The psalmist affirms, through national and individual thanksgiving,
God’s providential deliverance. Verses 1-7 call Israel
to acknowledge God’s power in bringing the people out of
Egypt; verses 8-12 call the “peoples” to offer praise to God for
seeing them through trials; verses 13-20 offer an individual’s
thanksgiving upon entering the Temple to fulfill his vows to God
for God’s intervention and saving grace.

Often we experience difficulties; we feel backed against the
wall by circumstances; burdens overwhelm us. Yet, just as God
kept Israel “among the living” and brought them to a “spacious
place,” God provides the same support to us today. God’s care
takes us to new places and experiences.

In some ways, verses 13-15 sound like bargaining with
God for favors. Yet, the psalmist’s promises are heartfelt—verses
16-20 describe the psalmist’s deliverance. Three key concepts
stand out in these words: (1) God hears our prayers; (2) God
does not reject our prayers; and (3) God’s love remains steadfast
and constant.

“Has not let our feet slip” in verse 9 is my favorite phrase
in today’s passage. In January following bilateral knee replacement
in August, several inches of ice coated my pathway to the
carport. The inconvenience of being trapped in the house was
secondary to my fear of falling and damaging the surgeon’s masterpiece.
Friends reminded me to stay in the house; a neighbor
risked his own bones to fetch my mail. After two weeks, the
neighbor and I agreed to try and loosen the ice. As we worked
with a hoe and a snow shovel, the neighbor reminded me not to
slip on the ice. Sure footing was important on the ice but sure
footing is important in all of life. God alone provides that kind
of assurance and protection.

Thank you, Father, for your ongoing providential deliverance! Amen.

Pray the Scriptures Using Audio Lectio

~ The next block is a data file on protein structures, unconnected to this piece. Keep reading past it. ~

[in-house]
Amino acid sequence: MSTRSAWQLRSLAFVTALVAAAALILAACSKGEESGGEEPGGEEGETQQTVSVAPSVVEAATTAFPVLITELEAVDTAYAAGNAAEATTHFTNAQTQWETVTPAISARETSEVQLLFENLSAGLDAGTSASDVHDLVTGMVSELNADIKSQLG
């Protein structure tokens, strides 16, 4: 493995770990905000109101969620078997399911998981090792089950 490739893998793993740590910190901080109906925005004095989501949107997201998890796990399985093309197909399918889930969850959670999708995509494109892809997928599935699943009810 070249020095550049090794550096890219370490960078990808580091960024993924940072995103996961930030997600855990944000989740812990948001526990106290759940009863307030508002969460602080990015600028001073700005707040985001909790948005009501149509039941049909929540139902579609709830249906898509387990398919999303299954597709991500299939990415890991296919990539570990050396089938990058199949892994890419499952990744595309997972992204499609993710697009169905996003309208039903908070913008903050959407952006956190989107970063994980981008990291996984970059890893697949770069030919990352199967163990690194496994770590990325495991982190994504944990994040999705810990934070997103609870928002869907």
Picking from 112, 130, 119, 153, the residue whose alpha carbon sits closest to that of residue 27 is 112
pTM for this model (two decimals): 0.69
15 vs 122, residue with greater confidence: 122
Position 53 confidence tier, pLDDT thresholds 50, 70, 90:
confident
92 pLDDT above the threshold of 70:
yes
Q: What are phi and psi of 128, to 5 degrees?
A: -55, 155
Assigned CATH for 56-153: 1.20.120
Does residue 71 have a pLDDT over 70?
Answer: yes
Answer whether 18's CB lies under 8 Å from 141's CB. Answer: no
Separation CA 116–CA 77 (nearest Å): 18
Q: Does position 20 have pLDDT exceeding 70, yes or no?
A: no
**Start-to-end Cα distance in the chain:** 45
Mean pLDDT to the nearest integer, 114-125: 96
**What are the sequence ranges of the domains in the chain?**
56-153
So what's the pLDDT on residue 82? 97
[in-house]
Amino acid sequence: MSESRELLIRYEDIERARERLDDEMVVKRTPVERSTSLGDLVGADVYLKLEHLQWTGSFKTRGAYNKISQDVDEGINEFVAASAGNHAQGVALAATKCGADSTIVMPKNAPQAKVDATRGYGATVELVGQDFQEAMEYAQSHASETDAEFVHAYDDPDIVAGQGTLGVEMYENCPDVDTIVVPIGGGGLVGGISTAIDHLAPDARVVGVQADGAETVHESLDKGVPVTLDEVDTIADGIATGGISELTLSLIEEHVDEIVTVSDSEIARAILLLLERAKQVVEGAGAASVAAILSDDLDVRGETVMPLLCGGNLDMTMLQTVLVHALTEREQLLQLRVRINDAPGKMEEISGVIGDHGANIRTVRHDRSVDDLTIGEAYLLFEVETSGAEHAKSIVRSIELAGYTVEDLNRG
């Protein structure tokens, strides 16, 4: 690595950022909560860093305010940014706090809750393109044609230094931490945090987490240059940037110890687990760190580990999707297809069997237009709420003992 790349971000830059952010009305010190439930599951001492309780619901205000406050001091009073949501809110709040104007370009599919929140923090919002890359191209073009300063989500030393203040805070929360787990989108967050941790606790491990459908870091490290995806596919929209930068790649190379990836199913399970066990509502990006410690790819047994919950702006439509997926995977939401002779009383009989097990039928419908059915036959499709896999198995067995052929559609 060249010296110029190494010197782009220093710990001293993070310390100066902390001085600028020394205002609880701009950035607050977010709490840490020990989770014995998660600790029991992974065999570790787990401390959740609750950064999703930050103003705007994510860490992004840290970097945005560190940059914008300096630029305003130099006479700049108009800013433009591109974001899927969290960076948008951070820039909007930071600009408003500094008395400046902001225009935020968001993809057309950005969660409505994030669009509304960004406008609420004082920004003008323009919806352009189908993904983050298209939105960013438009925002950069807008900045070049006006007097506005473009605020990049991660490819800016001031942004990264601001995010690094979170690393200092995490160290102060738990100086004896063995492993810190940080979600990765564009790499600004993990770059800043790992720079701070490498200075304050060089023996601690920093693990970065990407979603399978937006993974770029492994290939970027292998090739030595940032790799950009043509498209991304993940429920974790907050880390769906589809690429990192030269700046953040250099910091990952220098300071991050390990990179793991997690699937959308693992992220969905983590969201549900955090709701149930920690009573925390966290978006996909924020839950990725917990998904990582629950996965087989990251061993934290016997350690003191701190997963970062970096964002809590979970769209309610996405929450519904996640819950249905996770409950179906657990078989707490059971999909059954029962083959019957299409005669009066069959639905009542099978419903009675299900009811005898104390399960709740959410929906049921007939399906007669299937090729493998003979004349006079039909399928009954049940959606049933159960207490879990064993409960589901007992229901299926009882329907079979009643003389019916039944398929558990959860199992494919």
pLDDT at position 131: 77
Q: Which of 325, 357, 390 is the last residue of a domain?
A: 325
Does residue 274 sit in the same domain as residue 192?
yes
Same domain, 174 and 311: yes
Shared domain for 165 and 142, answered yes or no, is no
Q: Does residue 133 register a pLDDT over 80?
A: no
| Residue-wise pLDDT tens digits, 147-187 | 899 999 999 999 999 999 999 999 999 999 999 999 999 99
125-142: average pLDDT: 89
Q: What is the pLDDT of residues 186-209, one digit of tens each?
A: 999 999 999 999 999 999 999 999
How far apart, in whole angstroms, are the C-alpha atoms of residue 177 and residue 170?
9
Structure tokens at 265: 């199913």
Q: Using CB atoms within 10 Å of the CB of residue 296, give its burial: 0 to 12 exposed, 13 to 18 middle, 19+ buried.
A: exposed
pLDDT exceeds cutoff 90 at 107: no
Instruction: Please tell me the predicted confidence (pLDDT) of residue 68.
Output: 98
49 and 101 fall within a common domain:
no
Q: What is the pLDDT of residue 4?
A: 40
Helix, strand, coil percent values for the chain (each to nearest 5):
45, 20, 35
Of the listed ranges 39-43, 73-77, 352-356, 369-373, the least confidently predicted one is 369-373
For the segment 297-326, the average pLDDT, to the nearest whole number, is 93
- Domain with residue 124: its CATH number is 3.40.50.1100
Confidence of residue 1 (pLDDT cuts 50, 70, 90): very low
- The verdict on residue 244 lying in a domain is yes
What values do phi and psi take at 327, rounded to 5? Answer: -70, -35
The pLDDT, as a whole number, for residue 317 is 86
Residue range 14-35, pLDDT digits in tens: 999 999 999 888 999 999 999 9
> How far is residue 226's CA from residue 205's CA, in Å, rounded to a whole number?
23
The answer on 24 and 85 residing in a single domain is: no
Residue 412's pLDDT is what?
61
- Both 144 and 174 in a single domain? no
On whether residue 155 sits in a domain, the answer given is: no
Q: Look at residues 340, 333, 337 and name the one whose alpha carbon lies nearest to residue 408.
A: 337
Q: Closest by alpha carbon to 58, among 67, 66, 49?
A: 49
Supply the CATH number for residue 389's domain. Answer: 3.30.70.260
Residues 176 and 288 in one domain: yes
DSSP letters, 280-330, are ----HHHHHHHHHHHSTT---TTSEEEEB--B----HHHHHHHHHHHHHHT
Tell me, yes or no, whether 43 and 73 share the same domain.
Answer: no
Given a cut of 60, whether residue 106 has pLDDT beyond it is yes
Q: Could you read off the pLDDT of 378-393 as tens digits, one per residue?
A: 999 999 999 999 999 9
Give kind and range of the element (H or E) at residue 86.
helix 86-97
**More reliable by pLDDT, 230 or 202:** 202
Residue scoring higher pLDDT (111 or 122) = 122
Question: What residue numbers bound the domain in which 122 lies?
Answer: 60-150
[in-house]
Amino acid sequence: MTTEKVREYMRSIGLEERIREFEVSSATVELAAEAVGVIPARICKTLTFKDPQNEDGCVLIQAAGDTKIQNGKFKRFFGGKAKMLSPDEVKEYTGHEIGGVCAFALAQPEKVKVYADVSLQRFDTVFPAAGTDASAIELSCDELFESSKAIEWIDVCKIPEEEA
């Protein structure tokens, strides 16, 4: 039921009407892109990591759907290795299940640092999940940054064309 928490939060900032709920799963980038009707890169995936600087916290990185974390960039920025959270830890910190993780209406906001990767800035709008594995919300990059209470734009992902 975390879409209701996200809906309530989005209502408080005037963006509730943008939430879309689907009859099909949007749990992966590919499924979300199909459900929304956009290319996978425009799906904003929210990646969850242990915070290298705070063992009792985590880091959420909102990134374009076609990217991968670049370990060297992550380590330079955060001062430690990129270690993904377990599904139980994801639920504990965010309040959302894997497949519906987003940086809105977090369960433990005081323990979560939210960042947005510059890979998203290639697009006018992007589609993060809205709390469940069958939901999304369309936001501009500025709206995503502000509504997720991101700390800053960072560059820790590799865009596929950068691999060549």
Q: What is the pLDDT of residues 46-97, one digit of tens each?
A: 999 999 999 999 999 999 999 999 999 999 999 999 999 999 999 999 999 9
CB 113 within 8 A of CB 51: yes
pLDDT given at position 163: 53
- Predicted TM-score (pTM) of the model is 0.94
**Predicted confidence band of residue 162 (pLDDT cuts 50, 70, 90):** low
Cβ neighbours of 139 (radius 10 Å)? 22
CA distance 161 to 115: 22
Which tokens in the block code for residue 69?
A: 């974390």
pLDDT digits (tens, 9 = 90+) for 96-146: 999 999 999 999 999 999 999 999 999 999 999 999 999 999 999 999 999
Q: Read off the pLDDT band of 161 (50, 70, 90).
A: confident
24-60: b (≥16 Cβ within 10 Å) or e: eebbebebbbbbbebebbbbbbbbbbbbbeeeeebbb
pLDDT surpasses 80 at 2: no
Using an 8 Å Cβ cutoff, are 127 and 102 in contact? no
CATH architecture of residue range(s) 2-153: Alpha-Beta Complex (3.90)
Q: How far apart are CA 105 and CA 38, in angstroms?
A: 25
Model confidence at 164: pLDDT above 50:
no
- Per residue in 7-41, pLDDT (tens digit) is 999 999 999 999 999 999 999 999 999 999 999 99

Read John 14:15-21

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Lectionary Week
May 15–21, 2017
Scripture Overview

The psalm and the Acts reading address the ways in which the concrete faith claims of the community have credence outside that community. They undertake to make the faith credible to outsiders. On the basis of personal testimony, the psalm invites the nations to share in the new life given by God who has saved. Paul makes concrete confessional claims about Jesus in response to the religious inclinations of his Hellenistic listeners. The Gospel and epistle readings focus on the needs of the church community and seek to offer pastoral consolation. The psalm and Acts readings are a “journey out” to the nations and to attentive nonbelievers. The Gospel and epistle readings are a “journey in” to the life and needs of the church.

Questions and Suggestions for Reflection

• Read Psalm 66:8-20. Recall a time when God did not let your feet slip.
• Read Acts 17:22-31. What are your unknown gods? What are your known gods that become idols in your life? How do they affect your relationship with the God who made the world and everything in it?
• Read 1 Peter 3:13-22. When have you suffered while doing good? What did you learn about God? about yourself?
• Read John 14:15-21. How have you experienced the Advocate’s companionship and guidance?

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